"Concerns that females with an autoimmune disease might be predisposed to develop a second autoimmune disorder if exposed to the human papilloma virus (HPV) vaccine are unfounded, because girls and women who receive the vaccine are slightly less l"...
Actimmune Consumer (continued)
Flu-like symptoms such as headache, tiredness, fever, chills, and muscle aches may occur, especially when you first start this medication. These symptoms usually last about 1 day after the injection and improve or go away after a few months of continued use. You can reduce these side effects by injecting this medicine at bedtime and using a fever reducer/pain reliever such as acetaminophen before or after each dose. Consult your doctor or pharmacist for more information.
Remember that your doctor has prescribed this medication because he or she has judged that the benefit to you is greater than the risk of side effects. Many people using this medication do not have serious side effects.
Tell your doctor right away if you have any serious side effects, including: lightheadedness, fainting, mental/mood changes (e.g., confusion, depression), shaking (tremors), trouble walking, slow/fast/irregular heartbeat, shortness of breath, swelling of the ankles/feet, increasing tiredness, joint pain, butterfly-shaped rash on the face, easy bleeding/bruising, persistent nausea/vomiting, seizures, signs of infection (e.g., fever, persistent sore throat), stomach/abdominal pain, black/tarry stools, dark urine, change in the amount of urine, yellowing eyes/skin.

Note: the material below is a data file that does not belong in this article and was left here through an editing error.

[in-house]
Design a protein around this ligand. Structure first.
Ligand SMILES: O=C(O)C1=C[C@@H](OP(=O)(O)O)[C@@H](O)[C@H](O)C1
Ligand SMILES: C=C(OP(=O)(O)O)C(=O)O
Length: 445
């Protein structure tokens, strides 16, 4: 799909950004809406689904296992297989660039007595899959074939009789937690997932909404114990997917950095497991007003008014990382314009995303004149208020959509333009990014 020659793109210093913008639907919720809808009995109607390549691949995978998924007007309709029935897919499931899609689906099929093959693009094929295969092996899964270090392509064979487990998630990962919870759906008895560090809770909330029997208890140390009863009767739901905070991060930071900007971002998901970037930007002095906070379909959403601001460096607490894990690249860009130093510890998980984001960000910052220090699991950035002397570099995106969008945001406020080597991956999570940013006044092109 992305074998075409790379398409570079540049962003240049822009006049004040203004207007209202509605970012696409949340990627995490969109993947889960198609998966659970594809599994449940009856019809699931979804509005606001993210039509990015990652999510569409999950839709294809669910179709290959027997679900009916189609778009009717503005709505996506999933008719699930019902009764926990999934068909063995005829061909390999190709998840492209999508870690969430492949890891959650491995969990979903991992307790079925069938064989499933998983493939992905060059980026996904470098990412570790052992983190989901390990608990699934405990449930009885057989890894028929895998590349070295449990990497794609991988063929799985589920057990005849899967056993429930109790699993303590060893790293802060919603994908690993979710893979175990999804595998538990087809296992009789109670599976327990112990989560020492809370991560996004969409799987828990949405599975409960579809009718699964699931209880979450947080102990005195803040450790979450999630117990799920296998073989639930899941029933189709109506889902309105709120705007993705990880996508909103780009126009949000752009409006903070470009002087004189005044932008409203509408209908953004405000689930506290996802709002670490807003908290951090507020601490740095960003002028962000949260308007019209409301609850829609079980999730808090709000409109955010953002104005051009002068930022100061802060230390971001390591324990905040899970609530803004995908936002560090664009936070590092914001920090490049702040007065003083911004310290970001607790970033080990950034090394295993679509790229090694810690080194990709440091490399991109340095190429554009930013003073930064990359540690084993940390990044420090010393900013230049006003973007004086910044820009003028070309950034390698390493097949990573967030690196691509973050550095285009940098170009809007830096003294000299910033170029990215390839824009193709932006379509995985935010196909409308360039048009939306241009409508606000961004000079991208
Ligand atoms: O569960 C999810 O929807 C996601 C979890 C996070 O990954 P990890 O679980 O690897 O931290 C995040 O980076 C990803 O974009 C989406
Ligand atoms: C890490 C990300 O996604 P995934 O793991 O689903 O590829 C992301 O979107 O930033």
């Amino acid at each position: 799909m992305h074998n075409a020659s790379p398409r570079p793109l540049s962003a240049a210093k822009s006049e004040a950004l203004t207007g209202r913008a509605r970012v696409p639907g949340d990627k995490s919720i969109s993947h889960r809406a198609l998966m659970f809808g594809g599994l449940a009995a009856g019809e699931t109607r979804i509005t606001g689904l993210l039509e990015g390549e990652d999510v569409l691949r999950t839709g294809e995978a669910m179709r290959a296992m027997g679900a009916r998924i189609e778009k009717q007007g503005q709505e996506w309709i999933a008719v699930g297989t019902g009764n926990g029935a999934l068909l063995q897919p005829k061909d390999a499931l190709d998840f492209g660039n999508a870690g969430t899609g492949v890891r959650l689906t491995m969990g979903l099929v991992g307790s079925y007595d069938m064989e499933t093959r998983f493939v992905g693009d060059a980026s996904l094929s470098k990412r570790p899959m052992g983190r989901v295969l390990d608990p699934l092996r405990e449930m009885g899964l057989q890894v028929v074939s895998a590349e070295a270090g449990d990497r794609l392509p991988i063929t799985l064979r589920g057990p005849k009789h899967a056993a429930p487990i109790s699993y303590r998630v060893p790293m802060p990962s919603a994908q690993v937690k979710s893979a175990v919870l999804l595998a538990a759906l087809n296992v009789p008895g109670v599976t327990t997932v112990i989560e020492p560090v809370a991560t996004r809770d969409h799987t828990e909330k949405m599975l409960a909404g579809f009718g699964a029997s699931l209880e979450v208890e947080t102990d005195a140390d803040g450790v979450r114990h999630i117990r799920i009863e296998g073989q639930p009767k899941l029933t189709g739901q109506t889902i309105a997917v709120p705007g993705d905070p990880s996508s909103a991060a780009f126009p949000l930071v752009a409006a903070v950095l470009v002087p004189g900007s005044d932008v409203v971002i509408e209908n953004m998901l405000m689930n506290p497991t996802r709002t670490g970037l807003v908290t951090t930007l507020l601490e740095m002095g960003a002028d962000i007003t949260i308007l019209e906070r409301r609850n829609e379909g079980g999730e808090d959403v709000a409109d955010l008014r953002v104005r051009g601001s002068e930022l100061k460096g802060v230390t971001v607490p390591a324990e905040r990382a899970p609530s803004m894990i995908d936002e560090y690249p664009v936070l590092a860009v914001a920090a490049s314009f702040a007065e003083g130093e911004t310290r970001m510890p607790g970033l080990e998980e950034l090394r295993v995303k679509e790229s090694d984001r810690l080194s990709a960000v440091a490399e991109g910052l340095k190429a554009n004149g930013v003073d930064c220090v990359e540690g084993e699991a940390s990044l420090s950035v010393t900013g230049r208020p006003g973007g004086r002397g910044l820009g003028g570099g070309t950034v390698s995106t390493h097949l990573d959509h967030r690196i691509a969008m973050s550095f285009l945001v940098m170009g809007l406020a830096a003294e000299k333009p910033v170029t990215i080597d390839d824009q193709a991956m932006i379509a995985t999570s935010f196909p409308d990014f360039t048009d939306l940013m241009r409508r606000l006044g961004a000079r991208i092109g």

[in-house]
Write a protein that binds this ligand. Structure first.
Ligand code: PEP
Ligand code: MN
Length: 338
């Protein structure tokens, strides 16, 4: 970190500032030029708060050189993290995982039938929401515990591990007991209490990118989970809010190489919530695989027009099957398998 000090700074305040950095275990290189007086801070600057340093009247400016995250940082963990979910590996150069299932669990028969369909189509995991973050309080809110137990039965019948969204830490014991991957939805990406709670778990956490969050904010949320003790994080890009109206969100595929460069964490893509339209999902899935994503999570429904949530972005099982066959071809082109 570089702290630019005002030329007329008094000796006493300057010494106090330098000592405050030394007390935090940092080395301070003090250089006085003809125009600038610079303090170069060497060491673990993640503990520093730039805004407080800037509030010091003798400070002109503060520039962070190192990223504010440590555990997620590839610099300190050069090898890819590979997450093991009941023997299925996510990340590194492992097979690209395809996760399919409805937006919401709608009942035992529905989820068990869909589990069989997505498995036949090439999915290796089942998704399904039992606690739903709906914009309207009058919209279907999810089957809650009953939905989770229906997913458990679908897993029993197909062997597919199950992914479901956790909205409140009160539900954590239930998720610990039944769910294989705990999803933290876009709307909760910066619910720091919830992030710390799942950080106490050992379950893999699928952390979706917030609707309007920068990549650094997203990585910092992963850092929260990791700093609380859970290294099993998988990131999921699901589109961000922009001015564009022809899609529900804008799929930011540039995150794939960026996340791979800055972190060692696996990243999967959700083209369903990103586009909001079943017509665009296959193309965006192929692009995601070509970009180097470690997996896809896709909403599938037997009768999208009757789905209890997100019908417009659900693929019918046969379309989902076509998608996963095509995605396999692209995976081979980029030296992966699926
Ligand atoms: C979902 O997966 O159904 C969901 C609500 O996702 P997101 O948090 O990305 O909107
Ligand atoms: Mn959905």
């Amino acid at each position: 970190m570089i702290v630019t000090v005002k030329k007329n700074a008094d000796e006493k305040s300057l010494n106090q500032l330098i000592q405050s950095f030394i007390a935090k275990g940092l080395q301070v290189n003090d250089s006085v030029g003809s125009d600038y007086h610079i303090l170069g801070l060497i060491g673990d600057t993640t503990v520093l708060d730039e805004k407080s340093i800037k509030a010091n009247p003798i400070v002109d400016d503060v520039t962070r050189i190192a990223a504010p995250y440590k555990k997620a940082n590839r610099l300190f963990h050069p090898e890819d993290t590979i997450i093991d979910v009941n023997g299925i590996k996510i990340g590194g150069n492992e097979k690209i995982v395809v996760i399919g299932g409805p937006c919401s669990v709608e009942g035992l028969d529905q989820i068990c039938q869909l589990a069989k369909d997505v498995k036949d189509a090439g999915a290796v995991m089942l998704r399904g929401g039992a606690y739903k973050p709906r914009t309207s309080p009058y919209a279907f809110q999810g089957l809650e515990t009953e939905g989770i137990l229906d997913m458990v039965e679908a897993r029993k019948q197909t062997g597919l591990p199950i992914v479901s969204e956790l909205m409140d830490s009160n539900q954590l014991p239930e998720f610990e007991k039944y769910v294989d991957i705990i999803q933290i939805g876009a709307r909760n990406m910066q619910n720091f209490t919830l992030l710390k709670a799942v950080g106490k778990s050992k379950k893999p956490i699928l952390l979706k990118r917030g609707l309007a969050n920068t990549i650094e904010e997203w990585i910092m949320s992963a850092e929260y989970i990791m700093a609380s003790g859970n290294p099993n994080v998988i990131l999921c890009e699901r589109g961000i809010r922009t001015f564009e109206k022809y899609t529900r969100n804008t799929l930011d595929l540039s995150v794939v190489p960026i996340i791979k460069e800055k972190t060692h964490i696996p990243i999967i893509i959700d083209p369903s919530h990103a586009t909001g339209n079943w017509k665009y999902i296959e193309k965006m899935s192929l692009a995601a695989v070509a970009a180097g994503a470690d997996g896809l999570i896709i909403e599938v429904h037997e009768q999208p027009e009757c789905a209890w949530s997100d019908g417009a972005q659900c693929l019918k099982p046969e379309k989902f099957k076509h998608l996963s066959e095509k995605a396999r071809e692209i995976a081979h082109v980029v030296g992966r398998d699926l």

Get medical help right away if any of these rare but very serious side effects occur: chest/jaw/left arm pain, weakness on one side of the body, slurred speech, sudden vision changes, pain/redness/swelling of the arms/legs, calf pain/swelling that is warm to the touch, coughing up blood.
A very serious allergic reaction to this drug is rare. However, get medical help right away if you notice any symptoms of a serious allergic reaction, including: rash, itching/swelling (especially of the face/tongue/throat), severe dizziness, trouble breathing.
This is not a complete list of possible side effects. If you notice other effects not listed above, contact your doctor or pharmacist.
In the US -
Call your doctor for medical advice about side effects. You may report side effects to FDA at 1-800-FDA-1088.
In Canada - Call your doctor for medical advice about side effects. You may report side effects to Health Canada at 1-866-234-2345.
Read the Actimmune (interferon gamma 1 b) Side Effects Center for a complete guide to possible side effects
PRECAUTIONS: Before using interferon, tell your doctor or pharmacist if you are allergic to it; or if you have any other allergies. This product may contain inactive ingredients, which can cause allergic reactions or other problems. Talk to your pharmacist for more details.
Before using this medication, tell your doctor or pharmacist your medical history, especially of: heart disease (e.g., angina, irregular heartbeat, congestive heart failure), liver disease, seizure disorder, blood cell disorders (e.g., anemia, neutropenia, thrombocytopenia).
Children, especially those younger than 1 year, may be at greater risk for effects on the liver while using this drug. The manufacturer recommends regular laboratory tests (liver function tests), especially in children younger than 1 year.
This medication is not recommended for use during pregnancy. Consult your doctor for more details.
It is not known whether this drug passes into breast milk. Consult your doctor before breast-feeding.
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Report Problems to the Food and Drug Administration
You are encouraged to report negative side effects of prescription drugs to the FDA. Visit the FDA MedWatch website or call 1-800-FDA-1088.
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